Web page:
So we’ll just add fun to the list. Penises can be fun.

A weapon? Possible, but illegal for a reason.

McLaren provides another answer and the one I suspect is driving our search for the Doomsday Erection. Masculinity, he points out, is a test which some men must fail in order to make it meaningful. Sexual potency, regardless of how it’s defined, is one of those tests.

The range of normal male sexual function, however, is so wide as to make its use as proof of anything largely arbitrary. Small penis? Big penis? Penetrates everything? How about nothing? Or maybe it’s the duration of the penetration that counts? How do we decide?

The answer is that we don’t, not on any rational criteria anyway. From culture to culture, we judge the penis based on its ability to reflect the moral standards of the time, whether it’s indiscriminate dominance, total self-control, or anything in between. Biological structure and function have no bearing on this at all.

Unfortunately, the penis’s ability to conform has no bearing on the merit of the owner, either. It’s just pure, stupid luck that the guy with the smallish dick wasn’t born in ancient Greece. Instead of being lauded for his aesthetic grace, he’s reviled for his inability to measure up, no matter how wonderful otherwise he may be.

The man who packs ten inches and can last for hours might be seen as the ultimate stud, but he’s a phenomenon best compared to the Photoshopped beauties in fashion magazines. Only .1% of men have nine-inch penises and an equally small number can last twenty minutes on the first go-round. Odds of both traits being in the same man? Astronomically low. This does not keep men from measuring themselves, though, or from surreptitiously comparing themselves to the guy at the next urinal.

When breast augmentation surgery became accessible, people justified it on the grounds that it would boost self-esteem. It’s a routine surgery made affordable by payment plans, and the new implants are safer. Why not do it, if it provides so much psychological benefit?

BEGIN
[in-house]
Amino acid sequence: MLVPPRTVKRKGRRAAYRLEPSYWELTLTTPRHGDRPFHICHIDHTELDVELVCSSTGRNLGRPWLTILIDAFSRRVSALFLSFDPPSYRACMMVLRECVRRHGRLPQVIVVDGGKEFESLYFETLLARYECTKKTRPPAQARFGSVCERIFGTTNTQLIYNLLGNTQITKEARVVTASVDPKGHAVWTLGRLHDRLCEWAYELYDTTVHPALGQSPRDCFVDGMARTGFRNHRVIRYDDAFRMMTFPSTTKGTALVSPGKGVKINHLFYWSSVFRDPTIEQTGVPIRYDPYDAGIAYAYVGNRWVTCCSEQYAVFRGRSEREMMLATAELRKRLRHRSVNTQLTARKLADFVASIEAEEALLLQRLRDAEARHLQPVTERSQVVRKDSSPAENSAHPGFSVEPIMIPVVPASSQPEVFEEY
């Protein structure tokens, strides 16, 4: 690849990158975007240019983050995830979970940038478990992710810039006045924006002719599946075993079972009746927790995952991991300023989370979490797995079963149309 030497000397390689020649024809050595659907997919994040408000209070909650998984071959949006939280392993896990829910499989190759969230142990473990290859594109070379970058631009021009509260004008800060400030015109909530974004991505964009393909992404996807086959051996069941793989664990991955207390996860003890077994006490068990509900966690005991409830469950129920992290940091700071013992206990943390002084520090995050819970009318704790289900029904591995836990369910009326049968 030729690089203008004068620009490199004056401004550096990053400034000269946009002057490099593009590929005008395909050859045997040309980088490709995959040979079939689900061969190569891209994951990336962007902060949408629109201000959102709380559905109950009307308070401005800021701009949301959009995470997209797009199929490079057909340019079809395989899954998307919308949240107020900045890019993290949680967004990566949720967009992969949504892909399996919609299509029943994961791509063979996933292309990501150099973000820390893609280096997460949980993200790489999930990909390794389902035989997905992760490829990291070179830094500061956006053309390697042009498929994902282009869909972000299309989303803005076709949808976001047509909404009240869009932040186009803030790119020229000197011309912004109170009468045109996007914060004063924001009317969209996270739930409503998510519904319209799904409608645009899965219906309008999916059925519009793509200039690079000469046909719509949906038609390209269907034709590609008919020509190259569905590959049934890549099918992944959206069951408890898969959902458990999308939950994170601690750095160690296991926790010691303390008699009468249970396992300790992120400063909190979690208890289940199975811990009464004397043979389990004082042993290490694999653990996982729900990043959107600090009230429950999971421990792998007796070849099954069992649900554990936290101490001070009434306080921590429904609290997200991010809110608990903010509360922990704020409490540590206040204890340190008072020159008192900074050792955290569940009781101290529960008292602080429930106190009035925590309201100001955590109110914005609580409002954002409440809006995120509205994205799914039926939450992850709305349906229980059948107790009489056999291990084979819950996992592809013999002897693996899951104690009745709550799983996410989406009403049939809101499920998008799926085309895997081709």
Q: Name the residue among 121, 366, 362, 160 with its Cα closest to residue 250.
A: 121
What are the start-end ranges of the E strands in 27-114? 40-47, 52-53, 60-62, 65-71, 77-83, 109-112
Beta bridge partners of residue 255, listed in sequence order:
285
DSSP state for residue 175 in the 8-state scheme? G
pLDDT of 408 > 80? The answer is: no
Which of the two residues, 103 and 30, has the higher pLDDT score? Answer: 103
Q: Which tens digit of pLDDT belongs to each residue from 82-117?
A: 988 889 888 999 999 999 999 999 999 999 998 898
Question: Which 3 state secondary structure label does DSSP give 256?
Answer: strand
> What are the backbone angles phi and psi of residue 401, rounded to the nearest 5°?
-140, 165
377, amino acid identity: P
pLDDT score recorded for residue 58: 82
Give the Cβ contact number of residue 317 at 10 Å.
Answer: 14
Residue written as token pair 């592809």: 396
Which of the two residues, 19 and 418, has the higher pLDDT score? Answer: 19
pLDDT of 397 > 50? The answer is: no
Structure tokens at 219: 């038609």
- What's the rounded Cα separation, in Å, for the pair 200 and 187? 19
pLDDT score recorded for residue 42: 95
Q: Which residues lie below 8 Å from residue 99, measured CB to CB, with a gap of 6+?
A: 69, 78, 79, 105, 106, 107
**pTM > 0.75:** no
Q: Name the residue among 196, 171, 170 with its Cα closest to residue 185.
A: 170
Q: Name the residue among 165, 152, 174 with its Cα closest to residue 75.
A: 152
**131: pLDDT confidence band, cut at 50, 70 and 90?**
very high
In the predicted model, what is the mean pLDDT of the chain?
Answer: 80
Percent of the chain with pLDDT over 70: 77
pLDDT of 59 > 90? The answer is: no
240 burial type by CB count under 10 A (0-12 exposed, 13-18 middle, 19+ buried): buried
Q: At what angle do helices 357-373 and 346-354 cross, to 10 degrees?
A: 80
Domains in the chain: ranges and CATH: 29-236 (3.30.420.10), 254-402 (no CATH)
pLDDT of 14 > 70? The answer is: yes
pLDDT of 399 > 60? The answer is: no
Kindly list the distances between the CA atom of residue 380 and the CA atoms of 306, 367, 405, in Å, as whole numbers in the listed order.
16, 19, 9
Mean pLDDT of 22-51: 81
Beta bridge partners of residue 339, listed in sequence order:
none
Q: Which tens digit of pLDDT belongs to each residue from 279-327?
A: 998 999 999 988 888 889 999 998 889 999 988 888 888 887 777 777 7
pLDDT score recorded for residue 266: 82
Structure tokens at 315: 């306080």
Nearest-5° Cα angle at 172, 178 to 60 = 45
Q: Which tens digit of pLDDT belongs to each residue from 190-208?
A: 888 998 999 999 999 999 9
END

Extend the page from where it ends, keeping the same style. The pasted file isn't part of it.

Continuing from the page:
The problem is that having big breasts doesn’t change anything except your breast size, which only attracts men who buy into the cultural crap about big breasts. This seems to provide the expected self-esteem boost, but what happens once the buzz wears off?

Suicide and substance abuse, if WebMD is to be believed. It takes about ten years for the effect to kick in, but once it does, it increases over time. Whatever high implants might provide is temporary. Eventually, the original problems resurface, only now you’re out a few thousand dollars and are attracting men who like you primarily for your breasts. I think I’d be suicidal, too.

By the same token, a depressed guy with a Viagra prescription is still a depressed guy, and what about the Viagra anyway? Will it give him the Doomsday Erection?

It might, which McLaren considers a problem. He believes that Viagra and similar medication may be setting back our ability or inclination to question our ideals of sexual masculinity by forcing the male body to conform.

I don’t agree with him, and here’s why. A thing is only a virtue when it’s difficult to obtain. The large-breasted ideal that women go under the knife for is losing its hold even as it becomes more accessible, in a large part because it is more accessible.

After all, who cares about big, perky boobs if every woman can have them? This leads to questions, among women at least, about what big, perky boobs really mean, and whether a man who insists on them is worth the expense and trouble. Yes, there are women who giggle with delight when Hubby buys them implants for Christmas, but it’s that very subset of the population that makes another subset go, “Hmmm.”

So what happens to the Doomdsay Erection if some variation of it is within the reach of nearly every man? The size issue hasn’t been sorted out yet, but medication is making the rest of it possible.

It brings the questions more sharply into focus, I think, because when the difference between the boys and the men is a drug that anyone can buy over the internet, how significant can our criteria be? It was one thing when a certain percentage of men would fail the test no matter what measures they used, but no one can tell when a man has popped a few pills. The Doomsday Erection means nothing when every man can buy one, and instead of men failing the test, the test itself begins to fail.

The search for the Doomsday Erection brings no joy to anyone, not even to the man who finds it. Pride, maybe, but is it fun? Is it fun to stress out over whether or not it gets hard? Is it fun to make every decision about every sexual act based on whether it will stay hard? Is it fun to work the multiplication table or contemplate baseballs scores during intercourse? Is it fun to take pills that cause headaches, or wear desensitizing condoms?

I can’t imagine that it is, and it isn’t fun for the rest of us, either. No one, male or female, enjoys having someone else’s masculinity proven on their body.

Of all the uses I can think of for the penis, this one falls slightly above weaponry but below urination, and I would strongly urge a reconsideration, if not a complete scrapping.

Ann Regentin
September 2007

© 2007 Ann Regentin. All rights reserved. Content may not be copied or used in whole or part without written permission from the author.